All in all a good product for what it sets out to do, at a reasonable price. A few minor omissions prevent me giving it a 5/5, but it’s a good, solid entry in this niche corner of the market.

Rating:
[4 of 5 Stars!]
Clothing Bits: Cloth and Dyes
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Clothing Bits: Footwear
by JK R. [Verified Purchaser] Date Added: 07/26/2009 11:28:31
This is, as the title suggests, a booklet describing different kinds of footwear for use in a fantasy setting. It divides them into four categories, in order of increasing rarity.

First are items of “mundane” footwear. This is a surprisingly broad list of different items from varying human and non-human cultures, all of which are well described. Next come “special” items, which are those used for a specialist purpose (such as snow-shoes), and most of which provide some sort of circumstance bonus for particular tasks. On the whole, these seem quite sensible, and, again, there’s a good range.

Third are the magic items. Most of these are perfectly reasonable, not overpowered, and associated, logically enough, with movement in some way or another. The Moccasins of Berserking seem rather strange, though. If you were going to make an item to make the wearer berserk, why choose his footwear (rather than, say, an amulet or weapon)? Are they especially uncomfortable or something? It’s not ridiculous, but it does seem fairly random.

Finally, there are the “unique” items. These are, perhaps surprisingly, not magical, but items with a distinctive appearance and some sort of special historical significance.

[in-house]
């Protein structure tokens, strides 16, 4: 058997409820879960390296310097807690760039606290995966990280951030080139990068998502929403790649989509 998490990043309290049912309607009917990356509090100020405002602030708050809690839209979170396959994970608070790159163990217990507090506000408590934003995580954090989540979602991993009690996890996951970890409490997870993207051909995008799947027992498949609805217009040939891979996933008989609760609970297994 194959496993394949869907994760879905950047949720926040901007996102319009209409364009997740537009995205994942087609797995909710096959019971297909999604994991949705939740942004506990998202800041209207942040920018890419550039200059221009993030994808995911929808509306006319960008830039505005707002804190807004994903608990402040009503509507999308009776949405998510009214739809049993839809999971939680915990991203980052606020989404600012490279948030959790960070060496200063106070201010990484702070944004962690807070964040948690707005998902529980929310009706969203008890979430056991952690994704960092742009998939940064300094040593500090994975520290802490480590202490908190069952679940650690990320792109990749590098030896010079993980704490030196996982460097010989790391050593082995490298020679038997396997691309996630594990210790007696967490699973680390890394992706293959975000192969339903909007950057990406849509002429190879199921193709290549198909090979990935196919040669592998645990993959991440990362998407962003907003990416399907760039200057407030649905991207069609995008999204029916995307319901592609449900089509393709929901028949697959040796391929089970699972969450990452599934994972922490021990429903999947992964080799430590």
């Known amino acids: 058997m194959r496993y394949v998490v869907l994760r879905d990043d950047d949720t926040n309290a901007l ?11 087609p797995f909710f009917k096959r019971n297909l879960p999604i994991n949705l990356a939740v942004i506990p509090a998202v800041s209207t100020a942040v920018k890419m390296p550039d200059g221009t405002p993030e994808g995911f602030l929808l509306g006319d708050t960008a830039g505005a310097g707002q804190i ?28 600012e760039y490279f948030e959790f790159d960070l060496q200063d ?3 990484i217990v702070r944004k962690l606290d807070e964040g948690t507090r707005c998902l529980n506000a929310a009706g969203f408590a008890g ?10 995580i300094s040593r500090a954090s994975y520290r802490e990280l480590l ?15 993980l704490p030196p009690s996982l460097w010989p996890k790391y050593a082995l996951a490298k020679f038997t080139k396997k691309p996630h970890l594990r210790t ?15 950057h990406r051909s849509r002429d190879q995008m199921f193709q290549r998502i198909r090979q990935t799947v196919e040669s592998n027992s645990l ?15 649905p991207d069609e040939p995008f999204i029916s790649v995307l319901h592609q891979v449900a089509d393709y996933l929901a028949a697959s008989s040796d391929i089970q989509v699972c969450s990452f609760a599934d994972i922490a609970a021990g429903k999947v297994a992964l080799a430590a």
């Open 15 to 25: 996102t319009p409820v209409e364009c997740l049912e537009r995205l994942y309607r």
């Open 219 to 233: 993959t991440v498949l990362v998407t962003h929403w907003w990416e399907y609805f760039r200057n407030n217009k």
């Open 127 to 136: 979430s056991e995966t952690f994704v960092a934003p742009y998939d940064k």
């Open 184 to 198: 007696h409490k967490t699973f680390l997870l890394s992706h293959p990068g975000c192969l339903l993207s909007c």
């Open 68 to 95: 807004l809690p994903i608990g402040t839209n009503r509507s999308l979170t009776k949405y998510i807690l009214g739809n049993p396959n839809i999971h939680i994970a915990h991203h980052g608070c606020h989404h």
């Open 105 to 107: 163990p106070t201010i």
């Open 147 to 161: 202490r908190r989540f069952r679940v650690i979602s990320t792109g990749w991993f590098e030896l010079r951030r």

The main question you are left with, however, is what the purpose of the booklet was intended to be. The magic items are self-explanatory, and worth a 3/5 on their own, but the rest of it? The suggestion that this might be a guide for PCs who like shopping doesn’t make sense, since none of the non-magical items have a price listed. Which seems especially odd for the “special” items, most of which grant some sort of bonus that an adventurer might just want to take advantage of.

The purpose of the “unique” items is less clear still. One might suppose that they are supposed to be treasure, intended to be exchanged for cash when the adventurers return home. But, again, without any hint of their monetary value, that makes no sense. And it is not as if they *do* anything, other than look pretty.

In terms of physical quality, the booklet uses a lot of colour and shading on every page, making printing a bit of a pain – although at least it isn’t too long. On the plus side, the photographs of footwear are good, and the proof-reading is to a high standard, which is all too rare in booklets of this price range.

Buy this for the magic items, which are properly statted up. But not for the rest of it, unless you don’t mind creating your own price list to go with it. Overall, this feels as if it is half-finished.

Rating:
[3 of 5 Stars!]
Clothing Bits: Footwear
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Death: Guardian at the Gate